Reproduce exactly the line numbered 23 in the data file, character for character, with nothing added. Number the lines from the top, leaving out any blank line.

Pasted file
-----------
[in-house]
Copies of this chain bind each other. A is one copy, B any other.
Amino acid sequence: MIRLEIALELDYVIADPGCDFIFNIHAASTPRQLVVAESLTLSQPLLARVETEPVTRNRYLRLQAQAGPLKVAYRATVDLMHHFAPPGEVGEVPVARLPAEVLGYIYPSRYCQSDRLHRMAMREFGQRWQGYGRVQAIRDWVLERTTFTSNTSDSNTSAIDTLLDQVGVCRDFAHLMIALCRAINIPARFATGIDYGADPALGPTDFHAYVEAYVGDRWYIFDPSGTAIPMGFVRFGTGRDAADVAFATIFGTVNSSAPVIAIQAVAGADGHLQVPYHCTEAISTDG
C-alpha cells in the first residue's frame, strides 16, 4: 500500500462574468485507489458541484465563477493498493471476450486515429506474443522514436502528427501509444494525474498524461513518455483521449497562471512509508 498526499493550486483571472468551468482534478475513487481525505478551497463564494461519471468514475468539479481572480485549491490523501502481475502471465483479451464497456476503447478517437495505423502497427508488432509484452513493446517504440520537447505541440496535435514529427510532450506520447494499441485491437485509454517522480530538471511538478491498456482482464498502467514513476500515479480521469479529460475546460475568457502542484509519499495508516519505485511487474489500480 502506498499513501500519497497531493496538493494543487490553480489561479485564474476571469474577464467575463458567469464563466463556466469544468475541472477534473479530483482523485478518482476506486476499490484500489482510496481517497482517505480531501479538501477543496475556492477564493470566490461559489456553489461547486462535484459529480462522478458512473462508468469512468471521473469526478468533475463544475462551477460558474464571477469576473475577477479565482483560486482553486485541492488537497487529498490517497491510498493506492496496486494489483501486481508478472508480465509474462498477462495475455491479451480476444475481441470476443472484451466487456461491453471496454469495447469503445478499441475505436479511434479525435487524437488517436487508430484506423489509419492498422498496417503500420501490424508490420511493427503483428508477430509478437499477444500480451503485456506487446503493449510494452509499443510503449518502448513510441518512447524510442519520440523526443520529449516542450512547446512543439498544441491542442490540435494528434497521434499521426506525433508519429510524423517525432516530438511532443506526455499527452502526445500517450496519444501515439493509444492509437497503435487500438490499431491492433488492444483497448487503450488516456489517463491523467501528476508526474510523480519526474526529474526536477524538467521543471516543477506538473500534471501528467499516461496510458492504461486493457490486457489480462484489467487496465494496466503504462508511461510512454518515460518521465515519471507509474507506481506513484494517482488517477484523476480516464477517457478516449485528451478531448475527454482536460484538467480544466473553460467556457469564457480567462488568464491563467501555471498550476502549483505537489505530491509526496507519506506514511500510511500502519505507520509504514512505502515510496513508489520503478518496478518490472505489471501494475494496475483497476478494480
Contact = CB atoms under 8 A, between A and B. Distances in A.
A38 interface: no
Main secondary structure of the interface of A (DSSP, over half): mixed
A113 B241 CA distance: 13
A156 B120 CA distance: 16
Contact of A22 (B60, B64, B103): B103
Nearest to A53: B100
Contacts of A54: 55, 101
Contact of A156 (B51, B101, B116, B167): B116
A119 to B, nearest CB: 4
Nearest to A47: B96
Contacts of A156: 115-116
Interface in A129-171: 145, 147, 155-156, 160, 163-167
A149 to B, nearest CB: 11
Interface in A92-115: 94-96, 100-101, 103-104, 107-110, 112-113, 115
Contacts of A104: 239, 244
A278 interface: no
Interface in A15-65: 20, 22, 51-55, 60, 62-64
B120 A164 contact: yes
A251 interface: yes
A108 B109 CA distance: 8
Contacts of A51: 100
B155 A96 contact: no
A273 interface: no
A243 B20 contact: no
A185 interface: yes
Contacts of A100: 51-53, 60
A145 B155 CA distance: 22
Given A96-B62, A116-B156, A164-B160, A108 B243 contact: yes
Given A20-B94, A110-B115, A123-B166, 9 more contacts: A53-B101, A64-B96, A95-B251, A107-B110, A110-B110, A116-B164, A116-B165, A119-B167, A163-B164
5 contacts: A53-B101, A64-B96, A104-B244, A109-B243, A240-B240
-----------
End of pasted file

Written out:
B120 A164 contact: yes